This is a simple strategy. Buy a one-year index long call spread, with the long position 10% In The Money (ITM), and the short position At The Money (ATM). For example, if SPY were trading for $50 per share, open the long position at $45, and the short position at $50, with the end date for both positions 12 months in the future.
In the tables below I’ve shown this strategy using both the S&P500 option (SPY) and the NASDAQ option (QQQ). A couple of notes are in order:
- There’s an extra year shown for SPY, because QQQ options didn’t start until the following year.
- SPY now has quarterly options extending out 2 years, so for SPY this strategy could be done on a quarterly basis. As of this writing QQQ only has one-year options expiring in January, so for QQQ this strategy could only be done on an annual basis.
- The tables below are both done on an annual basis, rather than a quarterly basis. For QQQ this is the only option, for SPY the quarterly options weren’t available in the earlier years. In any event, keep in mind these tables represent very few data points.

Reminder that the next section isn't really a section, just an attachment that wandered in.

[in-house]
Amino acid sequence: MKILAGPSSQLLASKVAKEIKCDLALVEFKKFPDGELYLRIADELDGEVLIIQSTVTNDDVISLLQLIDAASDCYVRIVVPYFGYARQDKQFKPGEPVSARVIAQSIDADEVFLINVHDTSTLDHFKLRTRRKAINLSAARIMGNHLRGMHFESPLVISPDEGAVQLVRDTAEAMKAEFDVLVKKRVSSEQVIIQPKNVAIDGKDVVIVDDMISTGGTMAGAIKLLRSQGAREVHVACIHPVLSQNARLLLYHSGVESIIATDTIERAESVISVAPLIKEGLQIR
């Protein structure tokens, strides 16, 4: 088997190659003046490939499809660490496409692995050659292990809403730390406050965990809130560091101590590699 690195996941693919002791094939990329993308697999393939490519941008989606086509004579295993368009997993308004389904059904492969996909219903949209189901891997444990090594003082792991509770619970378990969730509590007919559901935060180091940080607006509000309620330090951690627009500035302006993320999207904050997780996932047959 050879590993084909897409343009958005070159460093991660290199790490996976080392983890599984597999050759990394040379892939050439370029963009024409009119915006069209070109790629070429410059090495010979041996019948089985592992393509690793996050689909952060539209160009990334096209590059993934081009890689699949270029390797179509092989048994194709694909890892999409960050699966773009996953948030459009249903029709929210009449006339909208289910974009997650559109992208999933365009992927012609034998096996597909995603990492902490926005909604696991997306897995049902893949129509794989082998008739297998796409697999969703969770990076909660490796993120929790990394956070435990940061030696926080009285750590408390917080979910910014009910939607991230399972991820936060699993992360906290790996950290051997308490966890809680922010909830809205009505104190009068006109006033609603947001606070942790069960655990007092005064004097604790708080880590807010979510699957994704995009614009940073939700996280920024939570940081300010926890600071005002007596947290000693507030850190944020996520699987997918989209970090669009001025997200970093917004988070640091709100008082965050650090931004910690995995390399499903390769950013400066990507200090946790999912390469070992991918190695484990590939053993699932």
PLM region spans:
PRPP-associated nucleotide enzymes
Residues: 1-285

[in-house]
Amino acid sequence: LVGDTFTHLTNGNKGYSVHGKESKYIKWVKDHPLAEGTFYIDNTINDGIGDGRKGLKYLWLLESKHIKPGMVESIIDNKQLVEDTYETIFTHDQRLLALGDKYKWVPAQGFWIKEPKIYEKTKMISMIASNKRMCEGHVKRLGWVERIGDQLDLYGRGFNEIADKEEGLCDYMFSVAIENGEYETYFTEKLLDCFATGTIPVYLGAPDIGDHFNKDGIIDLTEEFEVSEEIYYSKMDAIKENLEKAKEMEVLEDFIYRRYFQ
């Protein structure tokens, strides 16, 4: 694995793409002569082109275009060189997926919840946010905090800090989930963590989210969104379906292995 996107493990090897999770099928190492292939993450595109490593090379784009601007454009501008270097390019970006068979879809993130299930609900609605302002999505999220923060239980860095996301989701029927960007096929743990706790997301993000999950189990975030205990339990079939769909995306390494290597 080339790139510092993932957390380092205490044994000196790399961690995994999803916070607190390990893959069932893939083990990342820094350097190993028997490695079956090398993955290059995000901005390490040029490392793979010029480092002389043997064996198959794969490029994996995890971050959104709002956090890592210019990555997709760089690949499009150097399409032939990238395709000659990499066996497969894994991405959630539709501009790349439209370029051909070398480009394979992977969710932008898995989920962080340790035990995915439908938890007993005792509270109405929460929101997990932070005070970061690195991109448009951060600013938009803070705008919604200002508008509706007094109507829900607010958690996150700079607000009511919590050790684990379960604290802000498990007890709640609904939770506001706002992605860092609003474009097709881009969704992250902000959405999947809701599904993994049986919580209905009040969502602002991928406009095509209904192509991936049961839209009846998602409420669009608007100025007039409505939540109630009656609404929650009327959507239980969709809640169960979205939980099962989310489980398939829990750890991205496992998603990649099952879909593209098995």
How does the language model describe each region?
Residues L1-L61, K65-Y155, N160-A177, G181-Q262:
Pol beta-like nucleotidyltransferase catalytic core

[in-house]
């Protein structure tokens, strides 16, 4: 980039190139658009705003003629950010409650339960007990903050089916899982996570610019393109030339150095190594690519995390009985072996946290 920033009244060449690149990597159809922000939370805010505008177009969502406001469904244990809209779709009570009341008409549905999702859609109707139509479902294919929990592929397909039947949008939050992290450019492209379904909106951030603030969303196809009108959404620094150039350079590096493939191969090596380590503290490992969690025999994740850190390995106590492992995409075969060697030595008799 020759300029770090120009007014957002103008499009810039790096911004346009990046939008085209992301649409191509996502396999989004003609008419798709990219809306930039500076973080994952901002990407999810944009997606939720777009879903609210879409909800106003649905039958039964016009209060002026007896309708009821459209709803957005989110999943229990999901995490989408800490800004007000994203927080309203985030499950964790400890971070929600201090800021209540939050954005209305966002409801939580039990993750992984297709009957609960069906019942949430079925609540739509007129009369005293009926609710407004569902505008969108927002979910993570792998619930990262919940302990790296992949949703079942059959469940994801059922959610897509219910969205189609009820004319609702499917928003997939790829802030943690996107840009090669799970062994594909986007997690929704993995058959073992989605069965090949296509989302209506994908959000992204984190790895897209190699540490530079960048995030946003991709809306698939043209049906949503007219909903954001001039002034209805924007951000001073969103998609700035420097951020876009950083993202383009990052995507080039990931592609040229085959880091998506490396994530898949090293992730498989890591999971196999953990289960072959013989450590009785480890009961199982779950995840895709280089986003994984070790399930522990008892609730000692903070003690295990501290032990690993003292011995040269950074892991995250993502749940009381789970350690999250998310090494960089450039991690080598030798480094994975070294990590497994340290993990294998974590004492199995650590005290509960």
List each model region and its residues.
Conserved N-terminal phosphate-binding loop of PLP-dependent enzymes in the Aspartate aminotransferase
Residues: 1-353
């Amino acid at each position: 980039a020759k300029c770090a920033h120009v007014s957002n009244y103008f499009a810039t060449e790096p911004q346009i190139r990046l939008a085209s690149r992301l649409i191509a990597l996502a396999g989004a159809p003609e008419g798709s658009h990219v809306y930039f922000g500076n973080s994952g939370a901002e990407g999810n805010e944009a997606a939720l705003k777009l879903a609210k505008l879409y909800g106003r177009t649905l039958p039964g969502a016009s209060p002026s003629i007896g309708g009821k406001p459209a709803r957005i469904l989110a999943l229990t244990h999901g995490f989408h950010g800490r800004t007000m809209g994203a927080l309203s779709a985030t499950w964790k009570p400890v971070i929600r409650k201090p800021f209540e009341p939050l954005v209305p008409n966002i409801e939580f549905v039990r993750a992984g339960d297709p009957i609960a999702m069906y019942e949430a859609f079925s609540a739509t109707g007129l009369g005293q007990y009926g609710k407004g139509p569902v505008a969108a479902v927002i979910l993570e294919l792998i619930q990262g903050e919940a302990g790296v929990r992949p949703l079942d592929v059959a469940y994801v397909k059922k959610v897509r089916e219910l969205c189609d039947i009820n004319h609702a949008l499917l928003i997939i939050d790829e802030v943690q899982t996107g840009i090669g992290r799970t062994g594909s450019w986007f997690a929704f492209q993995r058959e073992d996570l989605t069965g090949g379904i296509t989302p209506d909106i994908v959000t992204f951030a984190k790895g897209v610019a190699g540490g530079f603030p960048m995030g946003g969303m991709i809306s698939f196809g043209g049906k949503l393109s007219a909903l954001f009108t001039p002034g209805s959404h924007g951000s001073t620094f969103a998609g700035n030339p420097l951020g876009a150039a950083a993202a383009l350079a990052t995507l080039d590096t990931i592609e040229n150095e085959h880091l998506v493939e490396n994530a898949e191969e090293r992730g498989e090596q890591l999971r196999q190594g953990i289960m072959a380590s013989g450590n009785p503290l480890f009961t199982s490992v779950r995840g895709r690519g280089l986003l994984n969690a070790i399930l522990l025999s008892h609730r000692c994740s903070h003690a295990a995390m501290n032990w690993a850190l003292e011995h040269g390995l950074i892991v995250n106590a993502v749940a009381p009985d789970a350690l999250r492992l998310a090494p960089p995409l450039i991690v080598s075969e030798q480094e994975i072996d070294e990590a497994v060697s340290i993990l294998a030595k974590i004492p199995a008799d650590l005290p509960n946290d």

Options are only traded at discrete values, so usually it isn’t possible to trade an option with a strike price precisely the same as the index price, or 10% below it. For both the long and short ends, I selected the next strike prices above the target price.
Here are the tables, showing the return each year.
The ‘Return’ in the tables is the percentage of the underlying asset that was made as a profit or loss. Let me give two examples from the SPY table.
For 2007, if SPY were trading for $50 per share and a long call spread was opened on 200 shares (200 * $50 = $10,000), the profit would have been (2.88% * $10,000) = $288.
For 2008, if SPY were trading for $50 per share and a long call spread was opened on 200 shares (200 * $50 = $10,000), the loss would have been (6.75% * $10,000) = -$675.
Note that in this strategy money isn’t made by how much the index goes up, it’s made off of the difference between the premium collected on the short end (ATM) and the premium paid on the long end (10% ITM). Thus, maximum profit is made when the market goes up at all, how much doesn’t matter. Maximum loss is when the market goes down by 10% or more.
This is an analysis of past performance, but past performance is not a guarantee of future performance.
Comments / Questions: joseph AT StockMarketMovement.com